New EV Charging Strategy Announced for Dublin

Electric vehicle announcement launch in Dublin

New EV Charging Strategy Announced for Dublin

Drivers of electric vehicles (EVs) will have access to 1,650 new public charging points in the Dublin region by 2025, according to an ambitious strategy launched this week. Plans for the network of chargers were unveiled by the Dublin Region Local Authorities Group, comprising the four councils.

They are also being asked for input to help local authorities assess demand and preferred locations.

The announcement comes days after the Government’s first progress report on its Climate Action Plan highlighted delays in reviewing planning guidelines for EV charging points despite the need for greater rollout to give certainty to consumers.

The Dublin region represents 25% of Ireland’s car fleet and has a significant role to play in the decarbonisation of the country’s transport system and the the Climate Action Plan target of having about one million EVs on the road by 2030. The four Dublin region LAs are working together to deploy EV charging infrastructure in order to support and accelerate this transition.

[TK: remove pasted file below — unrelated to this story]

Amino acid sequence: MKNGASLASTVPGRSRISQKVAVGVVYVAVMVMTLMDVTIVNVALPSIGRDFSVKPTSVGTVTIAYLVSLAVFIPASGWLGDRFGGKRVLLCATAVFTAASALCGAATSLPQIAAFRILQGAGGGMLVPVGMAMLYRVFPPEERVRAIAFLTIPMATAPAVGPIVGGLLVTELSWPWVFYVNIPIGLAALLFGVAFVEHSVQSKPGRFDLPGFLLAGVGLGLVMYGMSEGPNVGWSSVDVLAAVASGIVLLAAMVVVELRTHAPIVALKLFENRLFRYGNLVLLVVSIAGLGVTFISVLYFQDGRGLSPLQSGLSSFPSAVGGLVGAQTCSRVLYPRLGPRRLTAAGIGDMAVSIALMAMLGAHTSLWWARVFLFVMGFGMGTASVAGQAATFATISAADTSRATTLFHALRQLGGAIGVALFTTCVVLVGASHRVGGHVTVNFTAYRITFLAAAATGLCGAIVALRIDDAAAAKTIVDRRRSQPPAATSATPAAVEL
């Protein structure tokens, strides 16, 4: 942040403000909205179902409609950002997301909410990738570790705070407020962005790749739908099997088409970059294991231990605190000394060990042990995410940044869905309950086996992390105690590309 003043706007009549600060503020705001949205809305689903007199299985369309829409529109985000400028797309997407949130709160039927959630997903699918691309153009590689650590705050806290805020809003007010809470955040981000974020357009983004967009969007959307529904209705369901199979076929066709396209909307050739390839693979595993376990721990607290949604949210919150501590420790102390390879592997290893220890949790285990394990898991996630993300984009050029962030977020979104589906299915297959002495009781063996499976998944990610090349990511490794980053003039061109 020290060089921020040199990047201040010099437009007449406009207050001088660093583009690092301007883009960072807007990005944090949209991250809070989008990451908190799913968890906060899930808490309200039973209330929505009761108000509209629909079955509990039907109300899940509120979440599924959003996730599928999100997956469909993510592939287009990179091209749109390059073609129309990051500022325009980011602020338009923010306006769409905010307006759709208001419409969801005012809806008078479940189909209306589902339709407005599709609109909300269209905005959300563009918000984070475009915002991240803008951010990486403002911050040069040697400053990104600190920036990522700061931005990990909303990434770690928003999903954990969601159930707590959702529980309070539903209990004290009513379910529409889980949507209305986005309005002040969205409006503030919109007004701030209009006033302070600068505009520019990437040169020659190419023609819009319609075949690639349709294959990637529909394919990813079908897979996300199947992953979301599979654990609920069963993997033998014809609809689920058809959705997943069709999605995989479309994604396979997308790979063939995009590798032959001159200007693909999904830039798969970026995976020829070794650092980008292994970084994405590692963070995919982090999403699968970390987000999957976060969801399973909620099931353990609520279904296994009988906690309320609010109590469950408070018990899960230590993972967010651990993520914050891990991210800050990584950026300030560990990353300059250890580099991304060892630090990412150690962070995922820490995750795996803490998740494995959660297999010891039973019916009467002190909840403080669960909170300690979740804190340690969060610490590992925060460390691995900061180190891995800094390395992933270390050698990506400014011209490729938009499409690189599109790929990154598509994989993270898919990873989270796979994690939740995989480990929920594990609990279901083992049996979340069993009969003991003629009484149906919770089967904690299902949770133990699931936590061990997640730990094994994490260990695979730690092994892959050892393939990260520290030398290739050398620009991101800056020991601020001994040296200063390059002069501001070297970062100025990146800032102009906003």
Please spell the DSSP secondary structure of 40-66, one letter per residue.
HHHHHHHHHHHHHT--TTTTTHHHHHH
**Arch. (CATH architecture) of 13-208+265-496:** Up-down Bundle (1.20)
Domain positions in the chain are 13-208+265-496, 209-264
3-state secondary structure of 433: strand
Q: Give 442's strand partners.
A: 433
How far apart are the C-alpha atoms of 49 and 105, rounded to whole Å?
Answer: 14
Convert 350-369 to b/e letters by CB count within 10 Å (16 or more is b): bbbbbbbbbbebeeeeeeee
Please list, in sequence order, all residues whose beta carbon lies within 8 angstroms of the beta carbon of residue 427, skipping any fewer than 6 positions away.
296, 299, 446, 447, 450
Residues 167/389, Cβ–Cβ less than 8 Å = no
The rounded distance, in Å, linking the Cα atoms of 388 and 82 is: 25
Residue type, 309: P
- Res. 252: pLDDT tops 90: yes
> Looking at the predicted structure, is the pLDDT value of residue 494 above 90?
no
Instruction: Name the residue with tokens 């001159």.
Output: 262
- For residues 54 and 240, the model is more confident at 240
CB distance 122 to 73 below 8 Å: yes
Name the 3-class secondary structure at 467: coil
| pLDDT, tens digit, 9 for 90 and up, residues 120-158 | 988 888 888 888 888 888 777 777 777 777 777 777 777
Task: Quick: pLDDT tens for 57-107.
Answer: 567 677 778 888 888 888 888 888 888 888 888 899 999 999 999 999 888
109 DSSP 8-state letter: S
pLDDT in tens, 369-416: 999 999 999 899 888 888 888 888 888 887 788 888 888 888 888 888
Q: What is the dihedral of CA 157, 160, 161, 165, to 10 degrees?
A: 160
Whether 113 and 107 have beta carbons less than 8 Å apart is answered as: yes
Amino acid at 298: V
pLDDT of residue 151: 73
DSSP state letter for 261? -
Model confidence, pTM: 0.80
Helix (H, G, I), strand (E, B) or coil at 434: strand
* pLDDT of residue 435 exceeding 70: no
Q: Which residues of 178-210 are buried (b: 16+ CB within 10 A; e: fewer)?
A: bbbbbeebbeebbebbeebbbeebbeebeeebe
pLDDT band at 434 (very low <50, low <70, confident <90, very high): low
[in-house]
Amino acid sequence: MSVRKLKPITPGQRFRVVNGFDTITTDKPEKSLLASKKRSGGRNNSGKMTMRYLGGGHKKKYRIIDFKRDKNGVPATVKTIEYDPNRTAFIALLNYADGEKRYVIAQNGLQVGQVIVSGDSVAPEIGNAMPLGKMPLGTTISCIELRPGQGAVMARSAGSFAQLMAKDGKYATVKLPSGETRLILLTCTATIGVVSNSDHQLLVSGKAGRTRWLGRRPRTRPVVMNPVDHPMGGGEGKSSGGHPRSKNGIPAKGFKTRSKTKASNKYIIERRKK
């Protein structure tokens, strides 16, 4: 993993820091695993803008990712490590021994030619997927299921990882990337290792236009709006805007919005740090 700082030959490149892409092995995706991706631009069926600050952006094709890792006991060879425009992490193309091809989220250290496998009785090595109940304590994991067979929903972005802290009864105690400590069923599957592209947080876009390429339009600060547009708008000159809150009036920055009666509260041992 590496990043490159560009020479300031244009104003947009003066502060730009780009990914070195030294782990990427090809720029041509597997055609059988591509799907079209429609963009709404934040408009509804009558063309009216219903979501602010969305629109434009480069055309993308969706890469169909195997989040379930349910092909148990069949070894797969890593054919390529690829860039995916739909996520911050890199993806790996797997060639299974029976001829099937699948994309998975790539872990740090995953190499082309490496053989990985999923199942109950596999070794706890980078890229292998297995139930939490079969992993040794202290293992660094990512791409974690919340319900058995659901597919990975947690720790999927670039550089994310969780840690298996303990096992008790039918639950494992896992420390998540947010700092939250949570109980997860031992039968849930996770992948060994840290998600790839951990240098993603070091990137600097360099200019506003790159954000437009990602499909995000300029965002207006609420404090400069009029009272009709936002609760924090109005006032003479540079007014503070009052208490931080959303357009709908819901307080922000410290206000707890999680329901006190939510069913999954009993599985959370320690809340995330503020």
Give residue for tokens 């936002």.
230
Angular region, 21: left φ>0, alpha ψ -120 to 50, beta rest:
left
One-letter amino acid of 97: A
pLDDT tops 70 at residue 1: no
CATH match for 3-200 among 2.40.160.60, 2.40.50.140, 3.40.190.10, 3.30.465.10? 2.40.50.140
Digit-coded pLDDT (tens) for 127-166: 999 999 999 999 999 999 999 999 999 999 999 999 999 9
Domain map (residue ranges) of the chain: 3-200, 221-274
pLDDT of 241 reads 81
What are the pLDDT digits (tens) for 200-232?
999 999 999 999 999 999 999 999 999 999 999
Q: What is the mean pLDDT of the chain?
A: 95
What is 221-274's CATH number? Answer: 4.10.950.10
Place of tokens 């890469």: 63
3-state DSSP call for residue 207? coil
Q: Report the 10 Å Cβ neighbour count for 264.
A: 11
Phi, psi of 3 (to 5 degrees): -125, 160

“This is an important step forward toward the decarbonisation of Dublin’s transport system and meeting our climate change ambitions,” said Dún Laoghaire Rathdown cathaoirleach Lettie McCarthy.

Lettie McCarthy pictured in front of electric vehiclesThe group has asked members of the public who drive EVs to express interest for charging points in specific locations of their neighbourhoods such as car parks, clubs and schools. Whilst it does not guarantee installation of a charger there, it would help those running the scheme to identify specific geographical needs.

Several trials of charger types are already under way across the Dublin Metropolitan Area with plans to deploy public charge points “in the short term”.

According to David Storey, chair of the EV steering group and head of environment, climate action and active travel at Fingal County Council, “significant improvement” is required in the existing infrastructure. He said an estimated 34,000 vehicles will eventually rely solely on public charging spaces.

The strategy for identifying where they should go will aim to ensure distribution and provision is fair and equitable, the group said.

The Government’s recent progress update on climate action measures necessary to drastically cut carbon emissions noted that new planning guidelines are due for local authorities relating to residential and non-residential locations, although these had been delayed.

“A dedicated national infrastructure strategy is essential to build out our EV charging network and develop confidence amongst consumers that their on-street, location and fast charging infrastructure needs will be met across the country,” it said. “Electric vehicles are a cornerstone of the policy approach to decarbonising transport.”

Last week an independent Parliamentary Budget Office overview of Ireland’s EV rollout found the one million Government target would only be possible with some form of State incentive.

Article sourced from Irish Times.

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